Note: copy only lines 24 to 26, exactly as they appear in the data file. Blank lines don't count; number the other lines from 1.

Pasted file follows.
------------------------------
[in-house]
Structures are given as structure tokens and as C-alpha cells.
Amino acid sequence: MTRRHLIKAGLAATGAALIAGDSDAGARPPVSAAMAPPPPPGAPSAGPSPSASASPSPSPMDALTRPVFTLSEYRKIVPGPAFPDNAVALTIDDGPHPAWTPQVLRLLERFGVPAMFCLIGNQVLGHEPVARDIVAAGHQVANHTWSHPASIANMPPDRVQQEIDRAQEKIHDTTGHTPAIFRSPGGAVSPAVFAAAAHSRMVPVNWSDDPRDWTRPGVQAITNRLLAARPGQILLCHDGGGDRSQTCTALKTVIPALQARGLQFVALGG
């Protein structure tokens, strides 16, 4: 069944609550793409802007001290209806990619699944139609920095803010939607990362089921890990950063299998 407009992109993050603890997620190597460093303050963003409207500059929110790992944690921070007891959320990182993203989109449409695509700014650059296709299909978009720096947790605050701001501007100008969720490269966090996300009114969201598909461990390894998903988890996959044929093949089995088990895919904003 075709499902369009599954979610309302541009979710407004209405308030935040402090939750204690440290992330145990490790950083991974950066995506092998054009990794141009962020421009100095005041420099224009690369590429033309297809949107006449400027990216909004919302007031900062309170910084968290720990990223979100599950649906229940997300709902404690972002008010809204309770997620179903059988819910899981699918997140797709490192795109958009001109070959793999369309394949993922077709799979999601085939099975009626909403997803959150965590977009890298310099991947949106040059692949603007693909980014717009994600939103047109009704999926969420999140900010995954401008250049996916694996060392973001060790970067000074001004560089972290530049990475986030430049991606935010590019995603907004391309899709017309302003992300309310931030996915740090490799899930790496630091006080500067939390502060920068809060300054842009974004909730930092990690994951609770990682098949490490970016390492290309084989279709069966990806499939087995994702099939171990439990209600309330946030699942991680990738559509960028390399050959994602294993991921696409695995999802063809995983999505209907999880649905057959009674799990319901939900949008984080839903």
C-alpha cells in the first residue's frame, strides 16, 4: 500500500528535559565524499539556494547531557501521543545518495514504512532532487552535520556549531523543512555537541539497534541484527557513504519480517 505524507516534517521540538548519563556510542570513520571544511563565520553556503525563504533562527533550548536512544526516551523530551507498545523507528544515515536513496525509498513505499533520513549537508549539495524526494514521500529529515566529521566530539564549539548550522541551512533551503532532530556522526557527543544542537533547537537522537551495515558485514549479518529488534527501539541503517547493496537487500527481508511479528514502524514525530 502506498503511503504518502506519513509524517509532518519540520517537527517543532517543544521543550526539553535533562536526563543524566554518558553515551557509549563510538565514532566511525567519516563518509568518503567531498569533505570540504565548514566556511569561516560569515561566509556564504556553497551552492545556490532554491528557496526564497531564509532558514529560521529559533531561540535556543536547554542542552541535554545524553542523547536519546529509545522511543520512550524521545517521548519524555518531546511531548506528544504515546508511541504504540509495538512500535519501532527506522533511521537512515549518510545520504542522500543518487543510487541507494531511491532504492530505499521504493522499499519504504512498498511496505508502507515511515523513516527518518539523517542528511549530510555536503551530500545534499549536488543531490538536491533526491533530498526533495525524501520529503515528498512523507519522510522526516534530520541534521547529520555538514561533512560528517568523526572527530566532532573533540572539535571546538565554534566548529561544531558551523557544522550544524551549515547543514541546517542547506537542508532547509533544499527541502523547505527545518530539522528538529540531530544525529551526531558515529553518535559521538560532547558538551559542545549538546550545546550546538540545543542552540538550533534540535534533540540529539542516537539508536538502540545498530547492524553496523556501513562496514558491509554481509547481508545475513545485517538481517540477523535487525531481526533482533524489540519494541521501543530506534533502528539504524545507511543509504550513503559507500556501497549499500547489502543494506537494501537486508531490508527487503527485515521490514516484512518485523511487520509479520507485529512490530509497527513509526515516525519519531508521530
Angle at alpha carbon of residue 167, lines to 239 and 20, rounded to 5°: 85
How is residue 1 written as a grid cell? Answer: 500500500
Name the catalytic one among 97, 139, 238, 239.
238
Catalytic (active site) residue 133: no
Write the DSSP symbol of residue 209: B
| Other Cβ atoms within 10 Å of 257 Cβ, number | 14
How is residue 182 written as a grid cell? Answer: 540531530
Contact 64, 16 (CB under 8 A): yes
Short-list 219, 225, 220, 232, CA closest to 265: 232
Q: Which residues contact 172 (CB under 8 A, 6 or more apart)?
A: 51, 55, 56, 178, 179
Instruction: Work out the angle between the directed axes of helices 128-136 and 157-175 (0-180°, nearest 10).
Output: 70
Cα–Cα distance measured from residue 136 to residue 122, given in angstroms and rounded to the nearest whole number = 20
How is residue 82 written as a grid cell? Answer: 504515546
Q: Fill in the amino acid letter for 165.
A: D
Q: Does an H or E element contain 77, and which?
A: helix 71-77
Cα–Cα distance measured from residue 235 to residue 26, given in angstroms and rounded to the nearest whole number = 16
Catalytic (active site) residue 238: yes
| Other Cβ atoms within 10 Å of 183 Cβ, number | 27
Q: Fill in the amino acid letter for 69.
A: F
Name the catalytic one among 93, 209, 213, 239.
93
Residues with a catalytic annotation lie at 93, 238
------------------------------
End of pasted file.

Q: Does an H or E element contain 77, and which?
A: helix 71-77
Cα–Cα distance measured from residue 235 to residue 26, given in angstroms and rounded to the nearest whole number = 16